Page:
This is the sixth installment in a new series of posts about BCN tugs. Other posts in the series list below can be accessed by clicking the ‘Introduction’ link :

1. Introduction
2. Tug Portrait: Enterprise No. 1
3. Tug Portrait: Bittel
4. Tug Portrait: James Loader
5. Tug Portrait: Judith Anne
6. Tug Portrait: Caggy (this post)

‘Caggy’ at Stevens’ boatyard, Tipton, 2008 (Photos credit: Flickr)

It’s generally believed that ‘Caggy’ originated as one of a number (perhaps up to 16) ‘wartime’ 40’-ish tugs ordered by the Ministry of War Transport and built by Harris Brothers of Bumblehole.

The majority of the fleet were given patriotic aircraft names such as Spitfire, Typhoon, Defient, Hurricane and Tempest. It’s likely that part of the design brief would have been to enable the tugs to also act as ice-breakers, and this could have informed the shape of their tapered profile.

I’ve been unable to confirm it, but tend to think it likely that the tug had a different ‘aircraft-orientated’ name when initially owned by the coal merchant F. Folkes of West Bromwich before she passed to Oldbury steerer and boat owner Alan ‘Caggy’ Stevens.

Caggy Stevens used her for various jobs including tugging boats loaded with rubbish to tips around the BCN.

I’m afraid a ‘general health warning’ has to be attached to all the information above, as BCN tugs are proving hugely slippery when it comes to finding ‘hard’ evidence of their provenance. (For example, contributors on various forums hypothesise that the wartime contract was actually cancelled, and tugs were never paid for, as a result they were immediately dispersed to other manufacturers and steerers, or Noah Hingley’s name is linked to building ‘Caggy’…) if you know more, or could point me in the direction of additional information I’d be hugely grateful.

The information above is drawn from various forums and:
Blossom’s Black Country site, click HERE
Allen’s Register
site, click HERE

‘Caggy’ at Gas Street, 1993 (Photo credit: Ray Shill)
‘Caggy’ about to enter the Tipton portal of Netherton Tunnel, 1970’s (Photo sourced Blossom’s Blackcountry’ site, see link above)

caggy boat

If you take a look at this series of photos it’s fascinating to see the various incarnations of ‘Caggy’, details were updated, amended or confirmed as they changed over the years… (Photo credit: Alan Fincher @ Black Country Living Museum 2012)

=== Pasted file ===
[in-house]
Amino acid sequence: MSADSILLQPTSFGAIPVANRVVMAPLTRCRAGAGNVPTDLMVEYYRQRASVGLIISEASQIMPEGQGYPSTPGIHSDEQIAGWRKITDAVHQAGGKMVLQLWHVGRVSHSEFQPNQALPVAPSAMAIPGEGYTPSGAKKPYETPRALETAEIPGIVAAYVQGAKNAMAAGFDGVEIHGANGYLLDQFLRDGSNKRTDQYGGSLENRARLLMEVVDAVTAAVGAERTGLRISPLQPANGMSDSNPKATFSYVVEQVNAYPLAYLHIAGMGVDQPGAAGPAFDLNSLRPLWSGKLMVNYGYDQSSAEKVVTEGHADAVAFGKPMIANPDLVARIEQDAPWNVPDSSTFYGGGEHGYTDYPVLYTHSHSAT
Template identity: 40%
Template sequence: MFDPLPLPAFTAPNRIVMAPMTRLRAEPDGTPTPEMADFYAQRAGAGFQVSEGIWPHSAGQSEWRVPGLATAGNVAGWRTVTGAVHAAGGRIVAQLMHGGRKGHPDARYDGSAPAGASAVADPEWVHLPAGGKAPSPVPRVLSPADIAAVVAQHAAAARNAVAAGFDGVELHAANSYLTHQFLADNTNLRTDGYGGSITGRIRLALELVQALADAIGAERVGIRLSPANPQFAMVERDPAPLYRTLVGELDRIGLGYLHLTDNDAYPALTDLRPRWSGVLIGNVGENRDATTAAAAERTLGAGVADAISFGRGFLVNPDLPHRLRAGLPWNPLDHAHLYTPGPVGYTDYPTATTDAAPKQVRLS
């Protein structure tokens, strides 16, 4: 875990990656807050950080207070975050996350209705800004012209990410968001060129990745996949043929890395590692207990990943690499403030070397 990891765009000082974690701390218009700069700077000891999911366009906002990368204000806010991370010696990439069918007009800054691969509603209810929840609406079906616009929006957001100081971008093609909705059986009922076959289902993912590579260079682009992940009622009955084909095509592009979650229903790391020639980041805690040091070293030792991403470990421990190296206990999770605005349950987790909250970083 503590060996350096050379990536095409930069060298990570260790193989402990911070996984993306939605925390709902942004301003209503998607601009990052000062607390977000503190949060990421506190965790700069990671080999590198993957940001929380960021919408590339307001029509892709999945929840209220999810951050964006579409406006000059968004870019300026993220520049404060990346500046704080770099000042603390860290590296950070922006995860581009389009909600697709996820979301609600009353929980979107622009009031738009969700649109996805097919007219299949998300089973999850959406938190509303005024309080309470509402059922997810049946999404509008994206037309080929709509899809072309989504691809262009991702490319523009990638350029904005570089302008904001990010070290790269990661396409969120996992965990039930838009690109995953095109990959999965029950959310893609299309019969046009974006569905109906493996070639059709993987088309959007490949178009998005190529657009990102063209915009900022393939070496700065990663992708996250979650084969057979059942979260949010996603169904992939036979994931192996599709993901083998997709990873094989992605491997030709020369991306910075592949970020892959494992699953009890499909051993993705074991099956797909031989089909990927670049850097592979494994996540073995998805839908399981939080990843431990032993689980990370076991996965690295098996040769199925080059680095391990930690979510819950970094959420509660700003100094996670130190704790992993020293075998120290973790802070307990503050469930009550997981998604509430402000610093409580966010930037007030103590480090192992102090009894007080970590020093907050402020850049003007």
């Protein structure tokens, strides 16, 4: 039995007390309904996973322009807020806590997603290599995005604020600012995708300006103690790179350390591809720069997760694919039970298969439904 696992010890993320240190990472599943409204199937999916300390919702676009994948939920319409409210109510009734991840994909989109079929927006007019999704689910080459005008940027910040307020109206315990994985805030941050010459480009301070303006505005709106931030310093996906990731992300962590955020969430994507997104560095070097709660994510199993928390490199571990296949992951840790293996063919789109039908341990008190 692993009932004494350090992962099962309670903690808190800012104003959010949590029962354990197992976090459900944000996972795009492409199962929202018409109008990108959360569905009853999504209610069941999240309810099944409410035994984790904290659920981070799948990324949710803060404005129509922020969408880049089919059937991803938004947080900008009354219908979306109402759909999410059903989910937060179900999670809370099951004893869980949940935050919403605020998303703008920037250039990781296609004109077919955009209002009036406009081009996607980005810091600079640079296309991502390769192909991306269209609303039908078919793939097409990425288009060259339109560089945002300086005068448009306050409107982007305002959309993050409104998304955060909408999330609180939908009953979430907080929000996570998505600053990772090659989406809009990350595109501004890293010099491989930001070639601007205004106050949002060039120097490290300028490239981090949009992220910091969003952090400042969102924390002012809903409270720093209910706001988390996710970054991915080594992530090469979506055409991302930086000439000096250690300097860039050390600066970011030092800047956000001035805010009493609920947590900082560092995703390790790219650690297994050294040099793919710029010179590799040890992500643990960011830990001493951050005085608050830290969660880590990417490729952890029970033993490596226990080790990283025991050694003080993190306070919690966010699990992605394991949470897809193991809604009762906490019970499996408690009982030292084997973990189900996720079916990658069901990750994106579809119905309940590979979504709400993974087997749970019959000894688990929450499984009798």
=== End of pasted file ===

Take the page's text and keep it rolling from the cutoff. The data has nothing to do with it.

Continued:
(Photo credit not known)
A delightful portrait of Alan ‘Caggy’ Stevens with horse and day boat ‘Caro’. The caro formerly belonged to Ernest Thomas and had been used to take coal from Cannock Chase to the GEC at Witton. (Photo credit: Geoff Bennet. Text based on pg. 103 Ray Shill – see above)
A proud boatman, who kept tradition alive on the BCN. (Photo credit: Geoff Bennet)
BCN canal carrying in later years was often reduced to movements of spoil and rubbish. Caggy Stevens contnues this trade long after other commercial carriers had transferred to road haulage or given up carrying altogether. He used a varied collection of boats, many short-term leases from others, and were usually tugged by ‘Caggy’, however he also arranged the odd horse boat movement from time to time. This photograph was taken in the mid-1970s and shows Don Payne with horse ‘Nobby’ (thanks to Don for correcting my originally naming of the horse as Candy) drawing a boat along the BCN main line near Spon Lane bridge (photo credit: Geoff Bennet. Text based on pg. 83 of The Birmingham Canal Navigations by Ray Shill)

15 thoughts on “BCN Tugs Series: Caggy

    1. Don, thanks for correcting my mistake. Is that you in the photo above? It’s one of my favourites, somehow catching so much of the character of horse boating on BCN.
      Best wishes


  1. I worked with Caggy for a short while when Morton and Clayton’s narrowboat pearl was in the dry dock for major repairs at Tipton, we used butty boats to pull scaffolding around the three rings in Birmingham for bridge maintenance on the motorway’s. We pulled them by hand as there wasn’t enough draught for the tug.This was early in the nineties just as the canal’s where being “cleaned” up for the pleasure industry. A Very unusual chap was Caggy.


    1. Geoff, thanks very much for sharing your memories of Caggy. It’s very much appreciated.
      And a fascinating portrait is forming.




  2. Dear Alan, thanks for letting me know that it’s your image, if it’s OK to still use it I’ll add a credit straight away.

    I’d love to get up to the BCLM for the tug gathering but work commitments are likely to keep us away too.

    Best wishes



  3. InI first saw “Caggy” (Man & Boat) in 1969 when I became a volunteer skipper on the “H F Truman”, built & based at Peter Keay & Son, Leamore. At that time, the steerage business was known as ‘Stevens & Keay’ and as well as a number of dayboats of various types, they had 2 tugs, “Caggy” belonging to Alan Stevens, and “Judith Anne”, belonging to Ken Keay.
    At that time, they were taking coal to Baxters Nuts & Bolts in Birmingham (now Symphony Court!). The boat weas loaded from lorry at Oldbury & usually pulled by horse ‘Mac’. The main traffic was the ‘rubbish runs’ from a variety of sites in Birmingham to Moxley Tip. Until Farmers Bridge Locks became obstructed by building work, Mac was used to get the boats to the top & tugs were used to Ryders Green.
    Your pictures show the modified cabin. The original cabin top was all one level, but in the early 70’s, Caggy had it modified at Leamore to give more room in the cabin. He also had made a collapsible hatch shelter, mad with a shelf inside “for my mug o’ tay”!


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